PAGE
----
Armandina Gusmao Amaral 14:24
Dr Stephanie Williams 14:25
So when you describe that sort of dizzying array of partners, just then all the partners of PHD and then all the multilateral partners, did you as PHD just bring everyone together regularly? How did you how did you coordinate with your implementing partners during the pandemic?
Armandina Gusmao Amaral 14:45
It's not just PHD coordinating. But it's us maximising the comparative advantage of each of these different partners, systematically. In the non pandemic time, we have our regular monthly catchups, we have our quarterly catchups, we have our discussion with other development partners, but it's not as systematic as we would have liked to. So we basically utilise different mechanisms. We use WhatsApp, we coordinate through emails, sometimes we are all going together to one Ministry of Health organised coordination meeting, and we're just maximising our time there. Some officials from DFAT are still trying to make it as organised as possible. And that's what I got behind. So the regular weekly during the high times coordination with the development partners is actually me working with someone from DFAT to is actually very persistent and got the good relationship. Creating a WhatsApp group for both the technical team as well as with development partners, making sure that okay, let's call everybody to come together. I guess it's a collective efforts because people just have the willingness and people realise that there is a need. We're trying to make sure that because we're all trying to help the Ministry of Health it's not just me, PHD, I go along and walk around with the Ministry people.
I don't always the realisation that I don't always have all the skill set and and the technical resources in particular, to respond to the Ministry of Health. So, if one person is getting in there, we call the other partners to come along. So for example, if I see these as this is actually the comparative advantage of UNFPA, then I call like, it's an individual kind of thing I call UNFPA. Or actually, I may or may need to call Maluk Timor as well because they have the specialisation to be able to respond to some infrastructure issues in the isolation facilities. Or the maternity room in the isolation facility is not working well and we need to equip it. It's not necessarily PHD, but it's it's UNFPA. So while, we need to appreciate the Government of Timor Leste as well, because as much as possible, they are establishing the National Commission, the technical Commission's and as much as possible while they need to work going out there and respond, they're still calling everybody together. Now what we maximise, is that, okay, we're all in these big meetings, we know that these are the gaps, these are the priorities, and then we gather ourselves. It just gets the willingness of everybody to collaborate.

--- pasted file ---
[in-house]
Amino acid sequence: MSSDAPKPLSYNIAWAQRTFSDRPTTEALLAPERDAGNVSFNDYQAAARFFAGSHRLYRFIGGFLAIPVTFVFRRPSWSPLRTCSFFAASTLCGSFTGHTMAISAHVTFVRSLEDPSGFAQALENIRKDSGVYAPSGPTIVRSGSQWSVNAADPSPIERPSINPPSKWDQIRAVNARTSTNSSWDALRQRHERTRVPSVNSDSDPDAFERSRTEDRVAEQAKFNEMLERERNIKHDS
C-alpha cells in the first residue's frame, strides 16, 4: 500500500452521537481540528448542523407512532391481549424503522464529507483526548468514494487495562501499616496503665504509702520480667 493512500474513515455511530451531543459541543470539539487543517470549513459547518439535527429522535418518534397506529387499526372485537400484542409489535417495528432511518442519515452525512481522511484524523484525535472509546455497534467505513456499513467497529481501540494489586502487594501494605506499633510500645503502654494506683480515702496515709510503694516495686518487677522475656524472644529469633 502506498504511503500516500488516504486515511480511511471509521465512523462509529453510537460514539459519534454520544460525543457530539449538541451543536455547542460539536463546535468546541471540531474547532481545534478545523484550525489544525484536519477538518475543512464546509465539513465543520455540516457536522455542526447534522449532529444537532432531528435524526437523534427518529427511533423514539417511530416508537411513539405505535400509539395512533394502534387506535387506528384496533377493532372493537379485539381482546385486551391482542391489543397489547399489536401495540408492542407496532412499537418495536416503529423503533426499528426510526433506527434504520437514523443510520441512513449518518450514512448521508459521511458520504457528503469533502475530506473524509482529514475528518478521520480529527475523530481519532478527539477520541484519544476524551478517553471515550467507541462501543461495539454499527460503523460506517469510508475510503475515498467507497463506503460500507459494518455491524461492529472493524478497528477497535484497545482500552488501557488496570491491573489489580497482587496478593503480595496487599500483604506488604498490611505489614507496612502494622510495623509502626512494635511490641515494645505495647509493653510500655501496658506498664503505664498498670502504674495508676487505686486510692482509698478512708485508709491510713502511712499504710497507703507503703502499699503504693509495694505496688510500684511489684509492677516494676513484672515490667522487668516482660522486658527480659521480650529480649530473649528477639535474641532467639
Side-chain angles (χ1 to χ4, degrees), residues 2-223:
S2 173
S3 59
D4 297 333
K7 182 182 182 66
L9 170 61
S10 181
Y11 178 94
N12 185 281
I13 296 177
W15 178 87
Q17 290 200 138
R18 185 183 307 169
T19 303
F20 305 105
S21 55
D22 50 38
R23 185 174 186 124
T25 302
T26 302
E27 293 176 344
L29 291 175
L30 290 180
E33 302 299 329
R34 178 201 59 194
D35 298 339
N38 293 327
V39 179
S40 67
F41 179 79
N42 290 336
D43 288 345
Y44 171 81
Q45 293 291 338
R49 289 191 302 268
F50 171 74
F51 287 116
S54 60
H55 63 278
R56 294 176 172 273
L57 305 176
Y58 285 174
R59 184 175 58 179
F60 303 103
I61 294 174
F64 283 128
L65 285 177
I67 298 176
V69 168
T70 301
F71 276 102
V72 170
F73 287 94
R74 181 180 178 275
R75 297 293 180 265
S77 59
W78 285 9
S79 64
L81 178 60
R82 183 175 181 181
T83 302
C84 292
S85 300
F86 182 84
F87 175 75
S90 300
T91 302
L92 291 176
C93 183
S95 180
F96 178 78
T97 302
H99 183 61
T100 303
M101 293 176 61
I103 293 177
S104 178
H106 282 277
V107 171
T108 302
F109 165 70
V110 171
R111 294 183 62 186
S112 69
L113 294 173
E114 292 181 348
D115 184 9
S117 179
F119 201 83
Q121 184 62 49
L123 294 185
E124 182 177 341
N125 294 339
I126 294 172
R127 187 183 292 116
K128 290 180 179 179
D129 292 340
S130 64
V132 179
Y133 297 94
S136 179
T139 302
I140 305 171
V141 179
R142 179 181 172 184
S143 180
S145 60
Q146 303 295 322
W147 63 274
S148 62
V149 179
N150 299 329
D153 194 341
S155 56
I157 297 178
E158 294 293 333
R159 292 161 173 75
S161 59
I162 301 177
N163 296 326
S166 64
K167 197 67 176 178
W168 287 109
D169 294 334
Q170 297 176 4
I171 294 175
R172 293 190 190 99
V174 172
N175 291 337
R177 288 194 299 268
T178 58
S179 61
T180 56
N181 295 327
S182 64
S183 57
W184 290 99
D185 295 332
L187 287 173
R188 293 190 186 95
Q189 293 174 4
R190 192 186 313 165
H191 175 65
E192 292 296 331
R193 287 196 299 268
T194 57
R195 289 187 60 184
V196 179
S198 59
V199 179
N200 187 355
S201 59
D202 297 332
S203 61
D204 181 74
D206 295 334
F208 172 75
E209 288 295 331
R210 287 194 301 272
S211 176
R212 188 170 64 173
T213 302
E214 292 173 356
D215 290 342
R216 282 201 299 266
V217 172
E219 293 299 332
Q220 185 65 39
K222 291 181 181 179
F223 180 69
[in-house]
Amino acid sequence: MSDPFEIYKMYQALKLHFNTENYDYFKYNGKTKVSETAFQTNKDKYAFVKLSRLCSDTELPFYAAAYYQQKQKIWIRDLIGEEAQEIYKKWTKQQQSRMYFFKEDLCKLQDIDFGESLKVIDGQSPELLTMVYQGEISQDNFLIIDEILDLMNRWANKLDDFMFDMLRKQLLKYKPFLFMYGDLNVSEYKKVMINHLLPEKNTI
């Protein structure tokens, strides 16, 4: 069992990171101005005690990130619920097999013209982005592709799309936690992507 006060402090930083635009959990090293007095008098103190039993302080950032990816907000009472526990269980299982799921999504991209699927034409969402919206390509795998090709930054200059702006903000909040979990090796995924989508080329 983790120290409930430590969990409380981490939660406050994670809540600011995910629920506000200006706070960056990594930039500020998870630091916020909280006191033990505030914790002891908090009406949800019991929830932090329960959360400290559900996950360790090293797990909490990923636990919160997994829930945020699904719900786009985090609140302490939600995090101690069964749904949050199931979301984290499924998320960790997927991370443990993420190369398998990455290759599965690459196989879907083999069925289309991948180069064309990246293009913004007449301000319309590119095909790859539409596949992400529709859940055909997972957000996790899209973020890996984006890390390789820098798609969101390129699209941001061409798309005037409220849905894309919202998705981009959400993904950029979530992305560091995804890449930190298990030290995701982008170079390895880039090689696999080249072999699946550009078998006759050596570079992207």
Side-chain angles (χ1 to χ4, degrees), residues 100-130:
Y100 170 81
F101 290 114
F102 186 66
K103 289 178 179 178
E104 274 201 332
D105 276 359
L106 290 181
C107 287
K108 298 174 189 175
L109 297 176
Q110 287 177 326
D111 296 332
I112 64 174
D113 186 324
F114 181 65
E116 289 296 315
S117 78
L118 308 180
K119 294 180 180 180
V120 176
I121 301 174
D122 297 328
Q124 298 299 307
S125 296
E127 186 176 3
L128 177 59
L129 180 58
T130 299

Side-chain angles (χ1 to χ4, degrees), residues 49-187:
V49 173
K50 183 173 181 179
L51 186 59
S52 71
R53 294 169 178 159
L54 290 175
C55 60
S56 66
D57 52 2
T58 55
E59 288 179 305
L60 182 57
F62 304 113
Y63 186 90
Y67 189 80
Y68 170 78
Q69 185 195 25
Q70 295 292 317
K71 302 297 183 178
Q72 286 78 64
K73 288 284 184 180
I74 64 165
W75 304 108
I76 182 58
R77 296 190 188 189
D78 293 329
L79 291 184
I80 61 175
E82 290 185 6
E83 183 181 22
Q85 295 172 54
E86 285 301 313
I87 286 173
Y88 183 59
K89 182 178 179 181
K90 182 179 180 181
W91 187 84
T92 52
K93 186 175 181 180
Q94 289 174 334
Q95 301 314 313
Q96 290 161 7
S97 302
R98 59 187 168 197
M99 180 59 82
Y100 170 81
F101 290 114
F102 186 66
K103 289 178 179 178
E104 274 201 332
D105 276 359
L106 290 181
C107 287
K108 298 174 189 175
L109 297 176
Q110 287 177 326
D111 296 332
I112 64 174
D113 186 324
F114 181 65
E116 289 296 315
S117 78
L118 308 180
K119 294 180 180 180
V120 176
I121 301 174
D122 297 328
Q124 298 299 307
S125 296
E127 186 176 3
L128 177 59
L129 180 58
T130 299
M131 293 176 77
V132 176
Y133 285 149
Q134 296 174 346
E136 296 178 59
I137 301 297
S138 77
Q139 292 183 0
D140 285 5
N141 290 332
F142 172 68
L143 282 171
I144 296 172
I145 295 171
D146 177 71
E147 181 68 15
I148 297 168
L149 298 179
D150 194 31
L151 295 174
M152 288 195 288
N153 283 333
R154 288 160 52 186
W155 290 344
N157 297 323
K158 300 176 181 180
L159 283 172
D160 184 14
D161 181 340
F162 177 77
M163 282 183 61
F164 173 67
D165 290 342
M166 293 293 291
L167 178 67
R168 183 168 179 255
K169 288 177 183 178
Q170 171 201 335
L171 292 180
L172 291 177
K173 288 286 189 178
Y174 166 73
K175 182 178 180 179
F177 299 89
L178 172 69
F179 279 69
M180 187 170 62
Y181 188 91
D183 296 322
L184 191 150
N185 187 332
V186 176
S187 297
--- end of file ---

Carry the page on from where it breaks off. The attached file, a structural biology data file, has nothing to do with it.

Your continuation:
Dr Stephanie Williams 17:34
Yeah and we've, we've seen that partnership on display well in the last few days, which is the time I've been here. And I guess the challenge is emergencies and crises, make us work differently and better together. And how do we continue...We can't continue running in crisis mode, correct to coordinate but but each time there is this moment, the relationships get a bit stronger and a bit easier and I think we have to normalise that a bit. Can I ask, in terms of you describe such a great journey in health to where you are now, what your advice is to young Timorese who are interested in working in health.
Armandina Gusmao Amaral 18:18
I fully agree with you that at some stage, we need to move away from this vertical approach COVID-19 respond, response and COVID-19 vaccinations have been well resourced how we actually work to learn from this vertical approach and apply it in the routine services. And the Ministry of Health will continue to count on each of us both development and technical implementing partners. And I see some good moves both from the central Ministry of Health, in already taking the discussions with us development partners in terms of integrating the current efforts of COVID-19 into the routine services, we need to intensively work with the government not to work outside but work with the government to make that happen.